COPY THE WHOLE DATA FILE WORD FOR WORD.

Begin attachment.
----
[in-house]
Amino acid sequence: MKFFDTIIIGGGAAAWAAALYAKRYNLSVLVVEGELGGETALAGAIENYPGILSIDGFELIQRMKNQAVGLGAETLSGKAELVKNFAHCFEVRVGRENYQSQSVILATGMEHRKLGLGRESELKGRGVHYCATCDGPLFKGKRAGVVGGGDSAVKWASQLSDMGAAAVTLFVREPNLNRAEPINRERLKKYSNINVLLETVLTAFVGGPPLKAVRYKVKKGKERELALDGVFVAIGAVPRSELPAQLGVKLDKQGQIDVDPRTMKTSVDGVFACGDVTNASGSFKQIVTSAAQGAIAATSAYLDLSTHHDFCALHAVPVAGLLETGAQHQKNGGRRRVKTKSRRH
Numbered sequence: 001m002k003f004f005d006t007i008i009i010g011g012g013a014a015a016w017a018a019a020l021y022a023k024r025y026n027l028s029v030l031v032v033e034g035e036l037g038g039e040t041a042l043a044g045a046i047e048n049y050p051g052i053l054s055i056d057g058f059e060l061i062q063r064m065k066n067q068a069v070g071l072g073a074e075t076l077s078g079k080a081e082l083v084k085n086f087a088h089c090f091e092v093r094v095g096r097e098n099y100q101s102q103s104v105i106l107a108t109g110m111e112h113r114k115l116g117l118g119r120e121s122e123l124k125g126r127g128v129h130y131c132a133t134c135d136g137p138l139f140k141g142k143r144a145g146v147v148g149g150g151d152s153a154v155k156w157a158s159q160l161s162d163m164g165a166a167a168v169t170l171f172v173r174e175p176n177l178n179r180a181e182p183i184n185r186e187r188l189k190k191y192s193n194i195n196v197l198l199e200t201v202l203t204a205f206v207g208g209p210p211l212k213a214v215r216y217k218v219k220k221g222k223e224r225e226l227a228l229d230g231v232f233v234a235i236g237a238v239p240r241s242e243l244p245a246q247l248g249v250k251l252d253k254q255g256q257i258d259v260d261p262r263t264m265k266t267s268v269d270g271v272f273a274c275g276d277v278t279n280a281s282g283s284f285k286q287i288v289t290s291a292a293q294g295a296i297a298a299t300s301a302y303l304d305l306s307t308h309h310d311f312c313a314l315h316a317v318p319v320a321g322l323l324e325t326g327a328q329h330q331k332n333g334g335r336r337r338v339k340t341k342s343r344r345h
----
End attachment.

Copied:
[in-house]
Amino acid sequence: MKFFDTIIIGGGAAAWAAALYAKRYNLSVLVVEGELGGETALAGAIENYPGILSIDGFELIQRMKNQAVGLGAETLSGKAELVKNFAHCFEVRVGRENYQSQSVILATGMEHRKLGLGRESELKGRGVHYCATCDGPLFKGKRAGVVGGGDSAVKWASQLSDMGAAAVTLFVREPNLNRAEPINRERLKKYSNINVLLETVLTAFVGGPPLKAVRYKVKKGKERELALDGVFVAIGAVPRSELPAQLGVKLDKQGQIDVDPRTMKTSVDGVFACGDVTNASGSFKQIVTSAAQGAIAATSAYLDLSTHHDFCALHAVPVAGLLETGAQHQKNGGRRRVKTKSRRH
Numbered sequence: 001m002k003f004f005d006t007i008i009i010g011g012g013a014a015a016w017a018a019a020l021y022a023k024r025y026n027l028s029v030l031v032v033e034g035e036l037g038g039e040t041a042l043a044g045a046i047e048n049y050p051g052i053l054s055i056d057g058f059e060l061i062q063r064m065k066n067q068a069v070g071l072g073a074e075t076l077s078g079k080a081e082l083v084k085n086f087a088h089c090f091e092v093r094v095g096r097e098n099y100q101s102q103s104v105i106l107a108t109g110m111e112h113r114k115l116g117l118g119r120e121s122e123l124k125g126r127g128v129h130y131c132a133t134c135d136g137p138l139f140k141g142k143r144a145g146v147v148g149g150g151d152s153a154v155k156w157a158s159q160l161s162d163m164g165a166a167a168v169t170l171f172v173r174e175p176n177l178n179r180a181e182p183i184n185r186e187r188l189k190k191y192s193n194i195n196v197l198l199e200t201v202l203t204a205f206v207g208g209p210p211l212k213a214v215r216y217k218v219k220k221g222k223e224r225e226l227a228l229d230g231v232f233v234a235i236g237a238v239p240r241s242e243l244p245a246q247l248g249v250k251l252d253k254q255g256q257i258d259v260d261p262r263t264m265k266t267s268v269d270g271v272f273a274c275g276d277v278t279n280a281s282g283s284f285k286q287i288v289t290s291a292a293q294g295a296i297a298a299t300s301a302y303l304d305l306s307t308h309h310d311f312c313a314l315h316a317v318p319v320a321g322l323l324e325t326g327a328q329h330q331k332n333g334g335r336r337r338v339k340t341k342s343r344r345h